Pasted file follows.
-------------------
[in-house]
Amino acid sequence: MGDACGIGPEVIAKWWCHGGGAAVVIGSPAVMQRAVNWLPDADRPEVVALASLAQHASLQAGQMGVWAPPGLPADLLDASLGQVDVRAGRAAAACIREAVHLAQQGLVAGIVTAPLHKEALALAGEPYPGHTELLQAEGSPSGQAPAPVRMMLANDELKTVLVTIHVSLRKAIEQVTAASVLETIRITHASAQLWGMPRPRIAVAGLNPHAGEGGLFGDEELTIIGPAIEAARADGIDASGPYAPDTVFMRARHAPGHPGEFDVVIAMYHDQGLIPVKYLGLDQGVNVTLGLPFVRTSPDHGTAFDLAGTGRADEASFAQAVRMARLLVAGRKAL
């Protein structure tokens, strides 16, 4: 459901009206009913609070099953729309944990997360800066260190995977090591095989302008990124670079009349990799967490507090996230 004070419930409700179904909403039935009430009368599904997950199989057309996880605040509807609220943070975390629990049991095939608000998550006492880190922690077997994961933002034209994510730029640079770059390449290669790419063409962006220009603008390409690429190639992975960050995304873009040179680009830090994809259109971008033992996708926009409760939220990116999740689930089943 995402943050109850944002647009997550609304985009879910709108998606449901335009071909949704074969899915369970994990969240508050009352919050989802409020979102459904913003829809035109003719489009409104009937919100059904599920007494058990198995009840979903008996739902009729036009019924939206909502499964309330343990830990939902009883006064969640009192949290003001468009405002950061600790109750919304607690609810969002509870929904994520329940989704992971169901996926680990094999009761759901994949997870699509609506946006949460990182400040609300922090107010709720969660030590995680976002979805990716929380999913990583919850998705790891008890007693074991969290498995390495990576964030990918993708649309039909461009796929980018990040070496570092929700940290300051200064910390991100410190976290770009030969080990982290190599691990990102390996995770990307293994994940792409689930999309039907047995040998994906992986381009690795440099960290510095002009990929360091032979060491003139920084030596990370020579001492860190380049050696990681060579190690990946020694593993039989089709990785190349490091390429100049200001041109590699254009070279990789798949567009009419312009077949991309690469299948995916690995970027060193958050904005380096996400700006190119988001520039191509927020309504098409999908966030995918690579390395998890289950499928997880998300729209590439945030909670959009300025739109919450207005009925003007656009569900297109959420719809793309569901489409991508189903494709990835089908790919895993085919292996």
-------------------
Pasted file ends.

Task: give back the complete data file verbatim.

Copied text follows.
[in-house]
Amino acid sequence: MGDACGIGPEVIAKWWCHGGGAAVVIGSPAVMQRAVNWLPDADRPEVVALASLAQHASLQAGQMGVWAPPGLPADLLDASLGQVDVRAGRAAAACIREAVHLAQQGLVAGIVTAPLHKEALALAGEPYPGHTELLQAEGSPSGQAPAPVRMMLANDELKTVLVTIHVSLRKAIEQVTAASVLETIRITHASAQLWGMPRPRIAVAGLNPHAGEGGLFGDEELTIIGPAIEAARADGIDASGPYAPDTVFMRARHAPGHPGEFDVVIAMYHDQGLIPVKYLGLDQGVNVTLGLPFVRTSPDHGTAFDLAGTGRADEASFAQAVRMARLLVAGRKAL
């Protein structure tokens, strides 16, 4: 459901009206009913609070099953729309944990997360800066260190995977090591095989302008990124670079009349990799967490507090996230 004070419930409700179904909403039935009430009368599904997950199989057309996880605040509807609220943070975390629990049991095939608000998550006492880190922690077997994961933002034209994510730029640079770059390449290669790419063409962006220009603008390409690429190639992975960050995304873009040179680009830090994809259109971008033992996708926009409760939220990116999740689930089943 995402943050109850944002647009997550609304985009879910709108998606449901335009071909949704074969899915369970994990969240508050009352919050989802409020979102459904913003829809035109003719489009409104009937919100059904599920007494058990198995009840979903008996739902009729036009019924939206909502499964309330343990830990939902009883006064969640009192949290003001468009405002950061600790109750919304607690609810969002509870929904994520329940989704992971169901996926680990094999009761759901994949997870699509609506946006949460990182400040609300922090107010709720969660030590995680976002979805990716929380999913990583919850998705790891008890007693074991969290498995390495990576964030990918993708649309039909461009796929980018990040070496570092929700940290300051200064910390991100410190976290770009030969080990982290190599691990990102390996995770990307293994994940792409689930999309039907047995040998994906992986381009690795440099960290510095002009990929360091032979060491003139920084030596990370020579001492860190380049050696990681060579190690990946020694593993039989089709990785190349490091390429100049200001041109590699254009070279990789798949567009009419312009077949991309690469299948995916690995970027060193958050904005380096996400700006190119988001520039191509927020309504098409999908966030995918690579390395998890289950499928997880998300729209590439945030909670959009300025739109919450207005009925003007656009569900297109959420719809793309569901489409991508189903494709990835089908790919895993085919292996």